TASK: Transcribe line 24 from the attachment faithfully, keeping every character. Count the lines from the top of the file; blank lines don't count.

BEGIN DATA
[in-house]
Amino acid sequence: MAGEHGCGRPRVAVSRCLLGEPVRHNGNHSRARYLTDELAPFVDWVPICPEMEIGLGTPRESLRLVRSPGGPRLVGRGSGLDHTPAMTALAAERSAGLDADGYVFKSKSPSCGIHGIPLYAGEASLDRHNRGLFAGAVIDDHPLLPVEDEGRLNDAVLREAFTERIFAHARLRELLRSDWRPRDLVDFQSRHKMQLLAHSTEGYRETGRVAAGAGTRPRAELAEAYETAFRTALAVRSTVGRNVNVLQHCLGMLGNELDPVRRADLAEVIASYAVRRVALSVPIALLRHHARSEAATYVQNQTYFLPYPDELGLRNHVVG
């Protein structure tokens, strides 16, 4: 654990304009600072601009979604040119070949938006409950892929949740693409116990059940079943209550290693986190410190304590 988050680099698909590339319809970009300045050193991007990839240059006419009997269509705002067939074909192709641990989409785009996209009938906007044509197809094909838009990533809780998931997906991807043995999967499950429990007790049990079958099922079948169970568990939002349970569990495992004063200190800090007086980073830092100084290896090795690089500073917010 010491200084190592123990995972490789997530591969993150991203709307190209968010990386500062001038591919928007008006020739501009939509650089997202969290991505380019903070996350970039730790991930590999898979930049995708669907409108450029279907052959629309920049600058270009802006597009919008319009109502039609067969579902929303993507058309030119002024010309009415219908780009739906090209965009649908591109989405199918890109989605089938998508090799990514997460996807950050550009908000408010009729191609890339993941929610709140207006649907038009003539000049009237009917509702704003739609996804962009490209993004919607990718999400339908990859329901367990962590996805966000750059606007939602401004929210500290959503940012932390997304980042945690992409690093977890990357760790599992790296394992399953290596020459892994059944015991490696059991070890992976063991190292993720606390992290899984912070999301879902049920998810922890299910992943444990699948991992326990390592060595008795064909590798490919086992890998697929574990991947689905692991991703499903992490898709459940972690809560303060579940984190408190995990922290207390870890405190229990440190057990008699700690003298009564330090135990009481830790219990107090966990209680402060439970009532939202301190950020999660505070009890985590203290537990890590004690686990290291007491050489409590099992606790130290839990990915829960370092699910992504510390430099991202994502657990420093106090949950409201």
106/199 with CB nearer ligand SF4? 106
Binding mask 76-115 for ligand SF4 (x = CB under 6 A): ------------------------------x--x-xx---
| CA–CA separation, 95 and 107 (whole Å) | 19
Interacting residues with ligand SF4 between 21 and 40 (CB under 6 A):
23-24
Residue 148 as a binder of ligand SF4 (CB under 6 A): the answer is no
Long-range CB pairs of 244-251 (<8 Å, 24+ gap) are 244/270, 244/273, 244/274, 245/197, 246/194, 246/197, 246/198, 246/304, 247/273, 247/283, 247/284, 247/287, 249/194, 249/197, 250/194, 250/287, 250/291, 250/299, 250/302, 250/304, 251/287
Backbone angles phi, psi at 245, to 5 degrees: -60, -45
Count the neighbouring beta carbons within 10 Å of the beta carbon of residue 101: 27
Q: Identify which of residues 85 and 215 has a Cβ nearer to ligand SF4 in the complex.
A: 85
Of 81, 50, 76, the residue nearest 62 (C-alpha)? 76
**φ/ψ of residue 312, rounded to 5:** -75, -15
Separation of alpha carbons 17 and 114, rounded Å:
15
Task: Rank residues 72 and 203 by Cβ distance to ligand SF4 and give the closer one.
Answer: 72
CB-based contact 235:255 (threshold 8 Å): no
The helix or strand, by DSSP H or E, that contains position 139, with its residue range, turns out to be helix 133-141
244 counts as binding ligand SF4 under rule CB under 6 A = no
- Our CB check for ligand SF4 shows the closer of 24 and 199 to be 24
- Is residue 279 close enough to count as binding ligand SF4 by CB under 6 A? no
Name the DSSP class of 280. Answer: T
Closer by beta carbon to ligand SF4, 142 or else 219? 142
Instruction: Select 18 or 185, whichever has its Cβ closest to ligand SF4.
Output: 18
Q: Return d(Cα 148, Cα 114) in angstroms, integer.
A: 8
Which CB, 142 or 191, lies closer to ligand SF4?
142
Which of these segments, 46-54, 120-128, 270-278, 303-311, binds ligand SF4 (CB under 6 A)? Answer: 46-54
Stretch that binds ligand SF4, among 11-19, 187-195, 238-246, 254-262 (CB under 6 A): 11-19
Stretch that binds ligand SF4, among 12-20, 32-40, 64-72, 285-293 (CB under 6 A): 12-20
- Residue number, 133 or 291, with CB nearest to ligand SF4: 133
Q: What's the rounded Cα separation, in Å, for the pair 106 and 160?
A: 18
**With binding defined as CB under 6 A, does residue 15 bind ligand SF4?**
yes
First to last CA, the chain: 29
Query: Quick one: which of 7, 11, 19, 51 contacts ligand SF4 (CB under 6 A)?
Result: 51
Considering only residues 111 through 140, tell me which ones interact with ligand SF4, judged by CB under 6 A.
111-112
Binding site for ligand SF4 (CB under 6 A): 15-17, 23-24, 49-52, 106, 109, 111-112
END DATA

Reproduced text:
- Our CB check for ligand SF4 shows the closer of 24 and 199 to be 24